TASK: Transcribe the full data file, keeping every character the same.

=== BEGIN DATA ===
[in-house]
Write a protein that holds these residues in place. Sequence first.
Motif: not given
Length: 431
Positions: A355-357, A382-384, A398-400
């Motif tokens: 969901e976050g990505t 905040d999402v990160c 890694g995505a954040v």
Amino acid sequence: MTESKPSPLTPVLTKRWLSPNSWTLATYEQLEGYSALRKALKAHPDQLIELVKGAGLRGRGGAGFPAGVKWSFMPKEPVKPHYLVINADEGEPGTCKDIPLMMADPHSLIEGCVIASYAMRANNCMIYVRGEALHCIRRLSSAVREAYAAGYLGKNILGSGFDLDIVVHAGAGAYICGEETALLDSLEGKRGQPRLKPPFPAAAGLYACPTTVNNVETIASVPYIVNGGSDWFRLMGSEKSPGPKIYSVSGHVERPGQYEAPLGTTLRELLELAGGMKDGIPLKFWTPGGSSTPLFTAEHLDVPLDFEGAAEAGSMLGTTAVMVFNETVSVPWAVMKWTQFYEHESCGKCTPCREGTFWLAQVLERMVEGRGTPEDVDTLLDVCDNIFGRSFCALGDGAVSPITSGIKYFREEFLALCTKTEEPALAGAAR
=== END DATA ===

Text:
[in-house]
Write a protein that holds these residues in place. Sequence first.
Motif: not given
Length: 431
Positions: A355-357, A382-384, A398-400
């Motif tokens: 969901e976050g990505t 905040d999402v990160c 890694g995505a954040v």
Amino acid sequence: MTESKPSPLTPVLTKRWLSPNSWTLATYEQLEGYSALRKALKAHPDQLIELVKGAGLRGRGGAGFPAGVKWSFMPKEPVKPHYLVINADEGEPGTCKDIPLMMADPHSLIEGCVIASYAMRANNCMIYVRGEALHCIRRLSSAVREAYAAGYLGKNILGSGFDLDIVVHAGAGAYICGEETALLDSLEGKRGQPRLKPPFPAAAGLYACPTTVNNVETIASVPYIVNGGSDWFRLMGSEKSPGPKIYSVSGHVERPGQYEAPLGTTLRELLELAGGMKDGIPLKFWTPGGSSTPLFTAEHLDVPLDFEGAAEAGSMLGTTAVMVFNETVSVPWAVMKWTQFYEHESCGKCTPCREGTFWLAQVLERMVEGRGTPEDVDTLLDVCDNIFGRSFCALGDGAVSPITSGIKYFREEFLALCTKTEEPALAGAAR